Starting Pitcher

What the COULD Have Done:  The Orioles starting pitching unit in 2012 consisted of surprises (Jason Hammel, Wei-Yin Chen, Miguel Gonzalez, Steve Johnson, Chris Tillman) and continued disappointment from recent top prospects (Jake Arrieta, Brian Matusz, Zach Britton).  Going into 2013, the rotation features a lot of upside, albeit with a lot of uncertainty.

Several free agents who would not cost a draft pick were available, including Zack Greinke, Anibal Sanchez, Brandon McCarthy, and Edwin Jackson.  Greinke (career 3.45 FIP and 8.09 K/9) is the only one of that group that would be a significant upgrade, but his asking price was too high for Baltimore’s budget.  As far as impact starting pitcher’s, the trade market wasn’t much better, with Rick Porcello and Trevor Bauer likely being the two starting pitchers the Orioles could have potentially acquired without giving up their top 3 prospects.  And while each of them have upside, neither of those two are necessarily upgrades in 2013.

What they SHOULD Have Done:  Basically stay away from the free agent market.  Brandon McCarthy would have been a solid pick-up as a free agent (signed with Arizona for 2 years, $15 million), although he would come at a significant risk, since he’s averaged less than 95 innings per year mainly due to injury. Realizing that his career stats do not quite match up with the Orioles starting pitching needs, I think a trade for Rick Porcello would have benefitted the Orioles (career 4.26 FIP and 5.00 K/9).  Despite already accruing over 3 years of service time, Porcello is only 24, and still has plenty of upside.  He’s a groundball pitcher (career 52.3% GB) who’s had terrible infield defense behind him throughout his career, so you could expect his ERA to improve with an infield defense better than Detroit’s.  Just speculating, but I believe an offseason trade of JJ Hardy and Jim Johnson for Rick Porcello and Jhonny Peralta would have been fair.  Closers like Johnson can be overrated and while it hurts to trade Hardy, it allows you to move Manny Machado over to SS, while Peralta gives you a short-term solution at 3B.

What they DID Do:  Other than sign Jair Jurrjens, they basically brought everyone back from 2012, and I can’t really fault that strategy.  Despite disappointing careers to date, Jake Arrieta, Brian Matusz, Chris Tillman, and Zach Britton still have upside.  Tillman showed promises of breaking out last year with increased fastball velocity and a 2.93 ERA over 86 innings.  Arrieta, a 2012 victim of bad luck (.320 BABIP and 57.3 LOB%) resulting in an ERA over 6, still posted 1.6 WAR with a strong strikeout rate over 22%.  Additionally, another strong year from Hammel and Chen seem likely.  Add in the fact that Dylan Bundy and Kevin Gausman are waiting in the minors, and there is a good chance the rotation improves just by staying the course.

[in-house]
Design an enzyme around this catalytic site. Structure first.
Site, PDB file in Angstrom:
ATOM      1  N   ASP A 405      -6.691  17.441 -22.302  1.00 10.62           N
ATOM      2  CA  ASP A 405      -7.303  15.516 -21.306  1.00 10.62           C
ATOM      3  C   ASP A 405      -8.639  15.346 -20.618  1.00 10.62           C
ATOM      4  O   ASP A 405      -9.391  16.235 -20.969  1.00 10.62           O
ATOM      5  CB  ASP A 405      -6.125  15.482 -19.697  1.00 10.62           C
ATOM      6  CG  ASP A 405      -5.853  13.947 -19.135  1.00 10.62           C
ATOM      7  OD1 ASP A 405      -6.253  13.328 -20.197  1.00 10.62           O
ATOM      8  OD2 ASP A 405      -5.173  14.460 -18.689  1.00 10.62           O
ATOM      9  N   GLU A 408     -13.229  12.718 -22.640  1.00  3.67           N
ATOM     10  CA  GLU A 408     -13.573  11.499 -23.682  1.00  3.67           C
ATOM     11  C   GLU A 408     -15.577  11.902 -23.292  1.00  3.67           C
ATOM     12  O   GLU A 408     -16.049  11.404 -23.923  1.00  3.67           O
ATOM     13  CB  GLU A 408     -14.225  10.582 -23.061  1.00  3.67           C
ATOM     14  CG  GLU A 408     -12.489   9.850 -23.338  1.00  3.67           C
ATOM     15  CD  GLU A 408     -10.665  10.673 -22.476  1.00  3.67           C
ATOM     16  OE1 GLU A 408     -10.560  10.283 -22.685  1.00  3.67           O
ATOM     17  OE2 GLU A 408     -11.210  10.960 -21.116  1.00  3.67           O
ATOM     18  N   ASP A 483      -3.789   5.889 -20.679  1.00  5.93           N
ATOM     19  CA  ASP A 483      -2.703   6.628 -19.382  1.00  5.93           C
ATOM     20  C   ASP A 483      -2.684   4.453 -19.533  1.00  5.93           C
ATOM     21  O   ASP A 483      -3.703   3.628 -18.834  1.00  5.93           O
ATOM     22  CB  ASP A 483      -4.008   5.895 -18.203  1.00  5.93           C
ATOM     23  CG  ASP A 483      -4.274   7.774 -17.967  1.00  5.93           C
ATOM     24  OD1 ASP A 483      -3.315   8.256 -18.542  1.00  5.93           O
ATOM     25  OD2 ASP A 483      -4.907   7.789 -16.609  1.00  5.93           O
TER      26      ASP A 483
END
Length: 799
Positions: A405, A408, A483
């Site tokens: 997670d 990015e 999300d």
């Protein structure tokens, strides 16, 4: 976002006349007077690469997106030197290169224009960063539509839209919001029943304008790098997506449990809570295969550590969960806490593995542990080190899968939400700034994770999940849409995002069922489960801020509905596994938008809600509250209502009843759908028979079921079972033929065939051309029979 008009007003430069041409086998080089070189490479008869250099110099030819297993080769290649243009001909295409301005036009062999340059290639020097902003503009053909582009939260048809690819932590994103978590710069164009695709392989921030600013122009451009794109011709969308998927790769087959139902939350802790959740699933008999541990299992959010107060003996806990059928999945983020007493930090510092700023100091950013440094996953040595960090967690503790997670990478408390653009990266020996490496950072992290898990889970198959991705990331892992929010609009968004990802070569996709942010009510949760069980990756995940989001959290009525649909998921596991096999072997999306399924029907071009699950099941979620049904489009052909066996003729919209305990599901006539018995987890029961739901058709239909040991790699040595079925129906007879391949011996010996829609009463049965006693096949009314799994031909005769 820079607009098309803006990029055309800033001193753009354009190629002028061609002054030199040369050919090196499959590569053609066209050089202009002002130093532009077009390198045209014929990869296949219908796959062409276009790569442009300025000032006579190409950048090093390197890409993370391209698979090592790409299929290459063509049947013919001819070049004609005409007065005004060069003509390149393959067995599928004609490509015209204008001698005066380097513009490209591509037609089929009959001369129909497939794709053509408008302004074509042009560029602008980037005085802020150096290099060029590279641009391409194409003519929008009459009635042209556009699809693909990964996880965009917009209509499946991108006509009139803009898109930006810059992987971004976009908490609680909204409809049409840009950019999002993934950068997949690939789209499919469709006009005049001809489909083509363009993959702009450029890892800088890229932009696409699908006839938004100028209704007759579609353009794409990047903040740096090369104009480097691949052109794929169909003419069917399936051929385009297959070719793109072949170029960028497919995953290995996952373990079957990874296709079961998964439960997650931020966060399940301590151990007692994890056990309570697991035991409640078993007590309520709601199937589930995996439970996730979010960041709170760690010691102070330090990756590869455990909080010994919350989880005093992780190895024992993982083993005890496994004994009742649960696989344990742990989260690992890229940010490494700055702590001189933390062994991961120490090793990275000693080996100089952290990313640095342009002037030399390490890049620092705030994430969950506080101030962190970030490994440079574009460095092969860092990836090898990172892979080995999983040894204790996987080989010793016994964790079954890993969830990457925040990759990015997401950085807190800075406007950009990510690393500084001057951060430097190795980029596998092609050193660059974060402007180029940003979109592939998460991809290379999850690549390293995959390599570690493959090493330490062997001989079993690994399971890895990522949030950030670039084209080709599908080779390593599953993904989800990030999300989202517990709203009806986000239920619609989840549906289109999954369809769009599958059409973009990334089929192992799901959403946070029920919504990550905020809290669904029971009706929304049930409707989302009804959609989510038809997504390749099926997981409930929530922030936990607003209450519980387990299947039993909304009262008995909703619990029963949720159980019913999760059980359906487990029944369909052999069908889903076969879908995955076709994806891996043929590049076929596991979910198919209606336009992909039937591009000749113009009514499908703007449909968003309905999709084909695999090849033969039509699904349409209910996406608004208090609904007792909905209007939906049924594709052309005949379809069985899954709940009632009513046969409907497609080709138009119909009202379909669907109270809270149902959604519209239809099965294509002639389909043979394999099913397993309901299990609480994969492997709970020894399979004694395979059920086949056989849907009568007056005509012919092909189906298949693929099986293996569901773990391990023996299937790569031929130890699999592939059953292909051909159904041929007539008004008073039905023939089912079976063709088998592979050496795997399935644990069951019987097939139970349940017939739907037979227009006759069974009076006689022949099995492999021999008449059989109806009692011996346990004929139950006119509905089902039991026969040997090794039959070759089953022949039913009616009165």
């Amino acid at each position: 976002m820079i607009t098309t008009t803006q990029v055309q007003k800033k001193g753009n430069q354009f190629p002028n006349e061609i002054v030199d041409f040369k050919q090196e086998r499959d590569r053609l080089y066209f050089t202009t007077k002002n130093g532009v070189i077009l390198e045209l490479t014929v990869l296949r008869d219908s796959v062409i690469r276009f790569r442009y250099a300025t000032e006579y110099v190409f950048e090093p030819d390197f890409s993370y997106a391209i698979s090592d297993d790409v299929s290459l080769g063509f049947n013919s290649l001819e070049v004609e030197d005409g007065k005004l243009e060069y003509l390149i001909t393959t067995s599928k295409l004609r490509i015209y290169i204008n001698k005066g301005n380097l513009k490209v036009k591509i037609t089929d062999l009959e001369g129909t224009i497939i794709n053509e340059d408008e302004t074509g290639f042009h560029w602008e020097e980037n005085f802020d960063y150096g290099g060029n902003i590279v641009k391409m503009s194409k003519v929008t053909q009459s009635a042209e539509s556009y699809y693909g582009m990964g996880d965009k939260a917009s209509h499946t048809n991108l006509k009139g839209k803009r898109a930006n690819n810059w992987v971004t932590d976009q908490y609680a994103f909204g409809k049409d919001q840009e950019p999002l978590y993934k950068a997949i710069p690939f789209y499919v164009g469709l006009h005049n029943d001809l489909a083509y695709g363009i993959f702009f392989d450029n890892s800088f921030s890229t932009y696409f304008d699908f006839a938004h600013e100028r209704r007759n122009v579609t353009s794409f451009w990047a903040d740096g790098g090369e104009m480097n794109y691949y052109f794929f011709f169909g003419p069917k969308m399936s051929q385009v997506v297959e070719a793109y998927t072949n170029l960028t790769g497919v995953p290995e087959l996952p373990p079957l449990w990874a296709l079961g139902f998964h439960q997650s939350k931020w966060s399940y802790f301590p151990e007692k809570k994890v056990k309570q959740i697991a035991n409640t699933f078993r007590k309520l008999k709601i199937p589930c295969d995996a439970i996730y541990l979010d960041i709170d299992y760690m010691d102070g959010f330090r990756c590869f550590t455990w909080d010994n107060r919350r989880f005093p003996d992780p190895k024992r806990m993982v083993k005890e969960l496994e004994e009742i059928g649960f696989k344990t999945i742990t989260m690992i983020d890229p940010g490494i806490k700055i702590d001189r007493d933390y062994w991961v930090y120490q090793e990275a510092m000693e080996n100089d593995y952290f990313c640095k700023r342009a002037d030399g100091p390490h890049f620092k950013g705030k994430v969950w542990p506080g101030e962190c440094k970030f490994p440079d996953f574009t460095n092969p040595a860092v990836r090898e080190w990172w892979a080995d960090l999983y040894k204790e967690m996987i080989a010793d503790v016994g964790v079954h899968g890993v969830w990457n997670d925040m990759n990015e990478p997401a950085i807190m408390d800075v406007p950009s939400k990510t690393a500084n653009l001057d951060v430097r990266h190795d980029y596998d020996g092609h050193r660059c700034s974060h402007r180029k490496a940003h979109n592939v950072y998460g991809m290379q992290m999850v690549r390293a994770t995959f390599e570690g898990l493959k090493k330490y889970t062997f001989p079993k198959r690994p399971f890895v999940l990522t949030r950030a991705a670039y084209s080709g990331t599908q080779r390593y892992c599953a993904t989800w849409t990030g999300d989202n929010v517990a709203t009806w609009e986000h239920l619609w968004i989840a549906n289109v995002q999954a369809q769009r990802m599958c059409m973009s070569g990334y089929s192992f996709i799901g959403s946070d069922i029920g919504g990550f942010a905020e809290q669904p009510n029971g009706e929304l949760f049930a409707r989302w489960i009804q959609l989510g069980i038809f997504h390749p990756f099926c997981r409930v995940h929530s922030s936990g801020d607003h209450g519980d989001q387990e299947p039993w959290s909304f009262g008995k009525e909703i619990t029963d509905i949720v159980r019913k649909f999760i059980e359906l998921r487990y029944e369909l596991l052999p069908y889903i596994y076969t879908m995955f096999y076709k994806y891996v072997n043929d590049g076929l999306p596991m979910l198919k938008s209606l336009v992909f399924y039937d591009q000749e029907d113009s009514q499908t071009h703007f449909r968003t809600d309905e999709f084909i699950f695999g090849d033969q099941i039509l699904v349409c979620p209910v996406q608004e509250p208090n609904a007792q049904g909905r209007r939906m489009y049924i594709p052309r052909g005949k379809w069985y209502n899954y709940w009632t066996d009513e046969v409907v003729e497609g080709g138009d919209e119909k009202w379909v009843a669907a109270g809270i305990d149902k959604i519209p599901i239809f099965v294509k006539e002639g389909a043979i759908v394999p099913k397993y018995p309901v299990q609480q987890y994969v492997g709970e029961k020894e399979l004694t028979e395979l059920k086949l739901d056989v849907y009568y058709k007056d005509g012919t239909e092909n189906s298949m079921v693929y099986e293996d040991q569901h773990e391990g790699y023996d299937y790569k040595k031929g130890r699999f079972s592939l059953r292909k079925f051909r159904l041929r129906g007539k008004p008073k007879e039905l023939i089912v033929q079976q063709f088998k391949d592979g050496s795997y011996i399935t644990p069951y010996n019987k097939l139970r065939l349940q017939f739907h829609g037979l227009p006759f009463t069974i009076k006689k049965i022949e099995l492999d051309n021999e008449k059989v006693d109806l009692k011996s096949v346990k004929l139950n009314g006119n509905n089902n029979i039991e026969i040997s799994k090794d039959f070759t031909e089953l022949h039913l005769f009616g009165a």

Overall, the Orioles offseason strategy was sound, despite the fact that for the first time in years, the AL East appears wide open.  Baltimore likely realized that they did not have the farm system to make over the big league team like the Blue Jays, and resisted the free agent market, allowing them to keep their draft pick and retain financial flexibility in the future.  The 2012 run to the playoffs was a nice surprise, but the Orioles probably need a little more time to turn into a perennial contender…but I hope I’m wrong.

Quick Recap of 2012

Posted in Offseason with tags , on March 26, 2013 by oriolesprovingground

The Orioles had a surprisingly successful 2012, not only finishing above .500 for the first time since 1997, but also making the playoffs, defeating the Texas Rangers in the wild card game, and taking the Yankees to the brink of elimination before losing Game 5 of the Division Series.

How did the Orioles succeed in 2012?  They maneuvered their 40-man roster incredibly well and had a ton of luck.  Luck is something that I will refer to a lot on this website, as it can play an important part in baseball.  Luck (good or bad) will eventually even out with more games played, but over a small sample of games, it can play a big difference.  This is a reason why, over a 162 game season, you generally see the best teams qualify the post-season, while the playoffs are much more unpredictable.  Extended streaks of good or bad luck are rare, but they can happen.  Before we look at how lucky the Orioles may have been in 2012, let’s take a look at some of their team statistics from 2012, and compare them to the rest of the American League and MLB.

2012 Batting

Statistic

Value

Rank in AL

Rank in MLB

Runs Scored

712

9

15

Batting Average

.247

10

20

OBP

.311

11

23

SLG

.417

6

11

wOBA

.317

6

11

UBR

-4.4

11

25

Offensive WAR (as per Fangraphs)

0.54

7

12

The Orioles were average or below average in all of the above offensive categories.  While they hit 214 home runs (2nd behind the Yankees), they struggled to get on base and were terrible at baserunning.  Increasing the team’s OBP would help the offense greatly, specifically by turning those home runs into more of the 2 and 3 run variety.   From an on-base standpoint, the main culprits contributing to these below average numbers were located at 2B, 3B, SS, and LF positions, which posted OBP’s of .273, .302, .282, and .300, respectively (all of which ranked 25th or worse in MLB).  Significantly upgrading 4 positions can be difficult.  However, a bounce back year at the plate for J.J. Hardy, (never a high OBP guy, but much better power and glove tools than the average SS) and a full year of Manny Machado at the hot corner essentially reduces the number of upgrades to essentially two positions.